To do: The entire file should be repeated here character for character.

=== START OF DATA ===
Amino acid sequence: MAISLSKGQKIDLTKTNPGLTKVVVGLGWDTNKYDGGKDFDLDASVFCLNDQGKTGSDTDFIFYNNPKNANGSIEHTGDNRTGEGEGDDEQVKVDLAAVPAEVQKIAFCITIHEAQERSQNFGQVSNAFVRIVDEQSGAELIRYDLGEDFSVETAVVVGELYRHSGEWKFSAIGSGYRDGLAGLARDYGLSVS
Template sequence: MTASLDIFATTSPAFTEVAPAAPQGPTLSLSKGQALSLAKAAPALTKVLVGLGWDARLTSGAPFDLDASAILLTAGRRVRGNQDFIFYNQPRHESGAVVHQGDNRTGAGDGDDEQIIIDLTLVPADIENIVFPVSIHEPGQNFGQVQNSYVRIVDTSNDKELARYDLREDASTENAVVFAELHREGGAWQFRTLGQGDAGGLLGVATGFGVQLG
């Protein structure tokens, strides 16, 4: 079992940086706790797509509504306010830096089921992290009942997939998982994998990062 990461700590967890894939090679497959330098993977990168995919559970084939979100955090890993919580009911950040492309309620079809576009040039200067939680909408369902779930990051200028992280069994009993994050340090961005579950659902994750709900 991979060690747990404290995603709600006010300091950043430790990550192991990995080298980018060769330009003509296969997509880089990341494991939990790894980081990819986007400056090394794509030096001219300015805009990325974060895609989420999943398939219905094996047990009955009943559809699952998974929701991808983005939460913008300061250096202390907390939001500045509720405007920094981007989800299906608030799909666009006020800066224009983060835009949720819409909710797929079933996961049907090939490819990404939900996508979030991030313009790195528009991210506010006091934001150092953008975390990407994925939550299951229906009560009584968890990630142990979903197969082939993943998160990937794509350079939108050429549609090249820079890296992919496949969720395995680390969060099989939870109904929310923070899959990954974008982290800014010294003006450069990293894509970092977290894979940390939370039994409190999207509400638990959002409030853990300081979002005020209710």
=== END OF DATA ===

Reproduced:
Amino acid sequence: MAISLSKGQKIDLTKTNPGLTKVVVGLGWDTNKYDGGKDFDLDASVFCLNDQGKTGSDTDFIFYNNPKNANGSIEHTGDNRTGEGEGDDEQVKVDLAAVPAEVQKIAFCITIHEAQERSQNFGQVSNAFVRIVDEQSGAELIRYDLGEDFSVETAVVVGELYRHSGEWKFSAIGSGYRDGLAGLARDYGLSVS
Template sequence: MTASLDIFATTSPAFTEVAPAAPQGPTLSLSKGQALSLAKAAPALTKVLVGLGWDARLTSGAPFDLDASAILLTAGRRVRGNQDFIFYNQPRHESGAVVHQGDNRTGAGDGDDEQIIIDLTLVPADIENIVFPVSIHEPGQNFGQVQNSYVRIVDTSNDKELARYDLREDASTENAVVFAELHREGGAWQFRTLGQGDAGGLLGVATGFGVQLG
């Protein structure tokens, strides 16, 4: 079992940086706790797509509504306010830096089921992290009942997939998982994998990062 990461700590967890894939090679497959330098993977990168995919559970084939979100955090890993919580009911950040492309309620079809576009040039200067939680909408369902779930990051200028992280069994009993994050340090961005579950659902994750709900 991979060690747990404290995603709600006010300091950043430790990550192991990995080298980018060769330009003509296969997509880089990341494991939990790894980081990819986007400056090394794509030096001219300015805009990325974060895609989420999943398939219905094996047990009955009943559809699952998974929701991808983005939460913008300061250096202390907390939001500045509720405007920094981007989800299906608030799909666009006020800066224009983060835009949720819409909710797929079933996961049907090939490819990404939900996508979030991030313009790195528009991210506010006091934001150092953008975390990407994925939550299951229906009560009584968890990630142990979903197969082939993943998160990937794509350079939108050429549609090249820079890296992919496949969720395995680390969060099989939870109904929310923070899959990954974008982290800014010294003006450069990293894509970092977290894979940390939370039994409190999207509400638990959002409030853990300081979002005020209710």